Vague EU Sustainability Rules Leave Room for Interpretation

The European Union has made great strides in better-defining sustainable investments, but the new EU rules remain vague, leaving room for fund strategy providers to sneak in less socially-responsible categories.

Since the EU enacted the new disclosures in March, asset managers are adopting a range of strategies to justify their sustainable labels, Reuters reports.

The EU’s Sustainable Finance Disclosure Regulation (SFDR) was a way to bring greater transparency for investors focused on environmental, social, and governance issues, but fund managers argued that the definition of sustainability is too vague and could fuel confusion about what is considered sustainable.

For example, Legal & General Investment Management’s L&G UK Equity UCITS ETF is an Article 8 exchange traded fund that falls under the disclosure regulation. The ETF’s top 10 holdings, though, are the same as L&G funds tracking the FTSE 100 index that don’t carry the Article 8 label, including oil giants BP and Royal Dutch Shell, along with miner Rio Tinto and British American Tobacco.

Nevertheless, L&G affirms that the fund follows Article 8 since it promotes sustainability characteristics through LGIM’s Future World Protection List, a “binding element” of its investment process.

“The lens we should use is what is right. It’s not just about what is legally required because it seems not very much is legally required,” Eric Christian Pedersen, head of responsible investments at Nordea Asset Management, told Reuters.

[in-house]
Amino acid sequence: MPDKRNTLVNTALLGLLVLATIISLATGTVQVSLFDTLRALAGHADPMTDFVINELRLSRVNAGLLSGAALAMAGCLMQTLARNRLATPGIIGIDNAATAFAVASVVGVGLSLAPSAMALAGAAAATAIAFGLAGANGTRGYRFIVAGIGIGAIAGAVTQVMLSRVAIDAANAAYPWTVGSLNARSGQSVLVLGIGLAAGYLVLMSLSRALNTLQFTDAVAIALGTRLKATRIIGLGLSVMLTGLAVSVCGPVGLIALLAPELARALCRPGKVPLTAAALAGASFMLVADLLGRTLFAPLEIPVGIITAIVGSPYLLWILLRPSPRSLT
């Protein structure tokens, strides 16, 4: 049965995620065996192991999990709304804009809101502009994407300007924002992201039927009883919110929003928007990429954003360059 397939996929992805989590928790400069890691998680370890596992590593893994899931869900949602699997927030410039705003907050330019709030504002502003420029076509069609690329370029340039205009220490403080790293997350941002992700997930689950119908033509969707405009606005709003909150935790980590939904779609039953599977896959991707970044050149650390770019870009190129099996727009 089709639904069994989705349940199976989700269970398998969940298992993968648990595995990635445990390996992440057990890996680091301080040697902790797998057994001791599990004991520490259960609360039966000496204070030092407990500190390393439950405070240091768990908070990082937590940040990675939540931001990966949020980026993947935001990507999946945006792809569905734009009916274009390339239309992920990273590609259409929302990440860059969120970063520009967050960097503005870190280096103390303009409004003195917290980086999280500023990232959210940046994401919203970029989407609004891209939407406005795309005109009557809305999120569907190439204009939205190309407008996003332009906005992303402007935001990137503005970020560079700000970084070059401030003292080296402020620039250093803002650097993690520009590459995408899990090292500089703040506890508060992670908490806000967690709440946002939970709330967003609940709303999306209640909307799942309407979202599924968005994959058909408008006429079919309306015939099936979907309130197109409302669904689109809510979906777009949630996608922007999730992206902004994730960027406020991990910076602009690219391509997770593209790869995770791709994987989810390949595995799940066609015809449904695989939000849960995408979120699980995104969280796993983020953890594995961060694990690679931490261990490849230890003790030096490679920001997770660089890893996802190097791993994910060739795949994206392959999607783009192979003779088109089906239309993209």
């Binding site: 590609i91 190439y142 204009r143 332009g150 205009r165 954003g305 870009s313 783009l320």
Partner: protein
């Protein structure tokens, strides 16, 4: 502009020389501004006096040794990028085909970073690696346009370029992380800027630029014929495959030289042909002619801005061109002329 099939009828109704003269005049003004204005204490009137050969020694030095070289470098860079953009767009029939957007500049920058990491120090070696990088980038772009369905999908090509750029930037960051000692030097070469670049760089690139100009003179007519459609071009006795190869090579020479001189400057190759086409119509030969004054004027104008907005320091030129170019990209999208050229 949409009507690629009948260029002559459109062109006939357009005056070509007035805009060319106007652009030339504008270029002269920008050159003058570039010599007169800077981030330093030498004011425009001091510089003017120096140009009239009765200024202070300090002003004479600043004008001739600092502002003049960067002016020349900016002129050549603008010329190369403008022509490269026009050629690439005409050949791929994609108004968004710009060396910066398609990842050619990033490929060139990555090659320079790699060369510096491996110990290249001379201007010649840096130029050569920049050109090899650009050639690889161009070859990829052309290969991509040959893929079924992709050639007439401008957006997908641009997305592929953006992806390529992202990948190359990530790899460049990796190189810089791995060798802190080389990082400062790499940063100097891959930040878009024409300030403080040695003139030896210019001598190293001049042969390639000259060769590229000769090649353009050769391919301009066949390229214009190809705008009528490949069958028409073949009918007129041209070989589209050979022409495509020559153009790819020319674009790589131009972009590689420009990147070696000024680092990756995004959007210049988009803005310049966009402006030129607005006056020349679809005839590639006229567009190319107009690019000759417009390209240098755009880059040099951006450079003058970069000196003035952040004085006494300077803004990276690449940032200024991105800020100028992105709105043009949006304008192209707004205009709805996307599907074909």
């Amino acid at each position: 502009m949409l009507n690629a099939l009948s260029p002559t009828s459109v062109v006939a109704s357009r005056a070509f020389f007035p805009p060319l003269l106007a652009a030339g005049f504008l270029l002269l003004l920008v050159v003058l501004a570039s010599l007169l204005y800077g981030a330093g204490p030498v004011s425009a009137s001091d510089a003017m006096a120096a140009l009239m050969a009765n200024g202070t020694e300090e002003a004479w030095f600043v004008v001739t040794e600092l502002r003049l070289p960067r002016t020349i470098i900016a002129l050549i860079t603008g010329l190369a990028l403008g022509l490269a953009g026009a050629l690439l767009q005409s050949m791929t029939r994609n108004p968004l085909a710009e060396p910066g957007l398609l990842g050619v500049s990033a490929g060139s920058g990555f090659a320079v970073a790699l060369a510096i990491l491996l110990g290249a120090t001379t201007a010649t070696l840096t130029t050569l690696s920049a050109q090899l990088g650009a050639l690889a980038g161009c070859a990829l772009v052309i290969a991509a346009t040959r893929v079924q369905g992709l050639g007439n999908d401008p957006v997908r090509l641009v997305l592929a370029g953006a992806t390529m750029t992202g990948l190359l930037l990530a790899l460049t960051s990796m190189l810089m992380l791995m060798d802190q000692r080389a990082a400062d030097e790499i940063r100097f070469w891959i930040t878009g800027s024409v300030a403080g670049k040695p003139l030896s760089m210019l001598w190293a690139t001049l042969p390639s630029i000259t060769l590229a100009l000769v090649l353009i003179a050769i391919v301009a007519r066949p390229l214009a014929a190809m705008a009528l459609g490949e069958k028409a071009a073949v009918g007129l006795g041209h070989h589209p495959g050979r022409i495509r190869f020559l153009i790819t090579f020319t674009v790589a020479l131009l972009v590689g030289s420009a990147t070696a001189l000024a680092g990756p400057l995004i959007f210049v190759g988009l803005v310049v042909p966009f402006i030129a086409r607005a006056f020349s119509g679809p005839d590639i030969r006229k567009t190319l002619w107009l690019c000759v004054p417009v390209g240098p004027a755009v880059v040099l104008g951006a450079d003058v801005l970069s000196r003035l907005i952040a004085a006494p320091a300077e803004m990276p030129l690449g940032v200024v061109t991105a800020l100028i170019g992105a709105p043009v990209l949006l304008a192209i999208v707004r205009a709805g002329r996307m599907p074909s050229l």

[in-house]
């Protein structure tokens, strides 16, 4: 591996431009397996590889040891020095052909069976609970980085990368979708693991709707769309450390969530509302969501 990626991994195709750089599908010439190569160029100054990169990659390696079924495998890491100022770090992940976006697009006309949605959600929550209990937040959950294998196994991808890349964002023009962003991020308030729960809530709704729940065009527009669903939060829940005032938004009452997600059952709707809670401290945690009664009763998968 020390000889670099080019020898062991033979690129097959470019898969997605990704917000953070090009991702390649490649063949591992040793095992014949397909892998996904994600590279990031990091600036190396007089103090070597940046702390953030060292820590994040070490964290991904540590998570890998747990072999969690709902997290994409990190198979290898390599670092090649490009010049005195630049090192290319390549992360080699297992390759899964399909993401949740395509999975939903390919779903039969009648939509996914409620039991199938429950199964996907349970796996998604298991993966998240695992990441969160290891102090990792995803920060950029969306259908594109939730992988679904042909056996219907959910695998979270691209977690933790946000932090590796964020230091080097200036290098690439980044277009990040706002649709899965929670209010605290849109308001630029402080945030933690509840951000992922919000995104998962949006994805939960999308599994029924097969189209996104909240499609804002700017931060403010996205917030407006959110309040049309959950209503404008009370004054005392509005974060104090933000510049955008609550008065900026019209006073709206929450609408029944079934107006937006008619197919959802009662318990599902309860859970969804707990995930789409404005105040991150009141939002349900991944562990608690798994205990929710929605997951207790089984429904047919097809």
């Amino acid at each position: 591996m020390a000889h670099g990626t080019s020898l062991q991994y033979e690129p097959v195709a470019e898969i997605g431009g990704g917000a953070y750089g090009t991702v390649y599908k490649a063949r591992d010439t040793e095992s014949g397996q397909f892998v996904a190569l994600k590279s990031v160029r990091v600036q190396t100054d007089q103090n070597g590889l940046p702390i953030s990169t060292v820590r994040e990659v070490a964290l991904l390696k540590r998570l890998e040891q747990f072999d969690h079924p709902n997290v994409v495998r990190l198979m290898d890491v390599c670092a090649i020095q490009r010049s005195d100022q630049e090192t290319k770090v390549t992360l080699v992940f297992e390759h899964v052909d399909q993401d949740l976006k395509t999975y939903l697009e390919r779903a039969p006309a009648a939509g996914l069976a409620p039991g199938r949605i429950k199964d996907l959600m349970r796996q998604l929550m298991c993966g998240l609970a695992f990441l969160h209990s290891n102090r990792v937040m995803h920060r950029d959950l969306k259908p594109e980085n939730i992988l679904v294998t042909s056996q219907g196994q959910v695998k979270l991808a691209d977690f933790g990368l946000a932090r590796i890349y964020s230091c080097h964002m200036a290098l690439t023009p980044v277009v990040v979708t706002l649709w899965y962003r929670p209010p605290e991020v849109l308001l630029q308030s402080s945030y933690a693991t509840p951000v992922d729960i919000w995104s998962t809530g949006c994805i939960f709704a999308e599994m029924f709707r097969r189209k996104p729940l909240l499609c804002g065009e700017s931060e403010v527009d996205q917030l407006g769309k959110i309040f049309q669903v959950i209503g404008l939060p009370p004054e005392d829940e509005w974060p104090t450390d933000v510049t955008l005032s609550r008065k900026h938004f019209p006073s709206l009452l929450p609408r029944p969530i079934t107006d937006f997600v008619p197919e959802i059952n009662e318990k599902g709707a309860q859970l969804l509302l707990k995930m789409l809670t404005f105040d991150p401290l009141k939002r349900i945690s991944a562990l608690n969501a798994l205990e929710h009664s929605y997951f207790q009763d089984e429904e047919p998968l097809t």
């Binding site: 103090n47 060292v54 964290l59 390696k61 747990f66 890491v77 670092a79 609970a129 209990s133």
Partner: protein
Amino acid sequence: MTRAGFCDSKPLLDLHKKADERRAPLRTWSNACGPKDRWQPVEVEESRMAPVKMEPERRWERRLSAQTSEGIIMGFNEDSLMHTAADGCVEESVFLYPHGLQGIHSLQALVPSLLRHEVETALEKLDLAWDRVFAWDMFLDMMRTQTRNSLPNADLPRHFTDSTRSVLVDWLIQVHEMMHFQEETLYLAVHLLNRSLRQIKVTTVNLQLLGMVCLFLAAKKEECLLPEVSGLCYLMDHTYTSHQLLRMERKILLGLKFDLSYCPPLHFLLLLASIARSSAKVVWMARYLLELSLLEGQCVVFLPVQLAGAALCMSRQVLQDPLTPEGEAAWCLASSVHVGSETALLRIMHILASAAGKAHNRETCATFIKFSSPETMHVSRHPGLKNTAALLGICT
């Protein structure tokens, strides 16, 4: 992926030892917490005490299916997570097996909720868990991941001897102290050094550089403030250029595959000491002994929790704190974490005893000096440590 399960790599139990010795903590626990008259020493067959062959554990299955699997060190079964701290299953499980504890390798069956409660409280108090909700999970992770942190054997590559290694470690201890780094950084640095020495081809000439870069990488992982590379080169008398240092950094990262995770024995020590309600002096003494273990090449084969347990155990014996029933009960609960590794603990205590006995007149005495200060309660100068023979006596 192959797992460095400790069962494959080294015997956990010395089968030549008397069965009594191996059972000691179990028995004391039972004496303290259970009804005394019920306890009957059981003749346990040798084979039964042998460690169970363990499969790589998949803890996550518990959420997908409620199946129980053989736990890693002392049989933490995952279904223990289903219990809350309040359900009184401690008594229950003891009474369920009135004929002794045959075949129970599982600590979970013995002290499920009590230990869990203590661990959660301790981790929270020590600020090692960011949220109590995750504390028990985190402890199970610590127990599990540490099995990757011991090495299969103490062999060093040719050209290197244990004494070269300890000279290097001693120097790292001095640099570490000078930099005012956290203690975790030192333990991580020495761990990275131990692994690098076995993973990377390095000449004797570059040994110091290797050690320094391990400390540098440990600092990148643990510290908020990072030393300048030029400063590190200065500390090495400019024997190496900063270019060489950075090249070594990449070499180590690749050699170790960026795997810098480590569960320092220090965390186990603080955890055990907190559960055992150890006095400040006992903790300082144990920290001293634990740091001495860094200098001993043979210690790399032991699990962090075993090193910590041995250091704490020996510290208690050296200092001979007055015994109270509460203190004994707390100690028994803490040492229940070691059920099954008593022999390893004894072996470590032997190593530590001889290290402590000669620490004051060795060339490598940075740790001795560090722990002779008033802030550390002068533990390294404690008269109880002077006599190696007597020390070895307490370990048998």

Managers have sought to upgrade investment funds to Article 8, or even Article 9, which covers products with an explicit sustainable investment objective. Article 8 funds are seen as “light green” and Article 9 “dark green” in the industry.

According to a Reuters analysis of 20 of the biggest fund houses and their products marketed as Article 8 or 9, 14 firms revealed some Article 8 products have limited claims to sustainability, like those tracking conventional stock and bond indexes, which include exposure to in fuels or purchasing debt from countries with weak ESG credentials like Saudi Arabia and Nigeria.

Hortense Bioy, director of sustainability research at Morningstar, warned that Article 8 funds include climate-themed green to “very, very light green.”

“Managers need to ask if they are even relevant,” Bioy told Reuters. “That is the key message: investors shouldn’t expect anything from Article 8.”

Meanwhile, other industry experts argue that none of the asset managers are actually breaking any rules. Managers determine which article apply to them, and Brussels does not check the claims.

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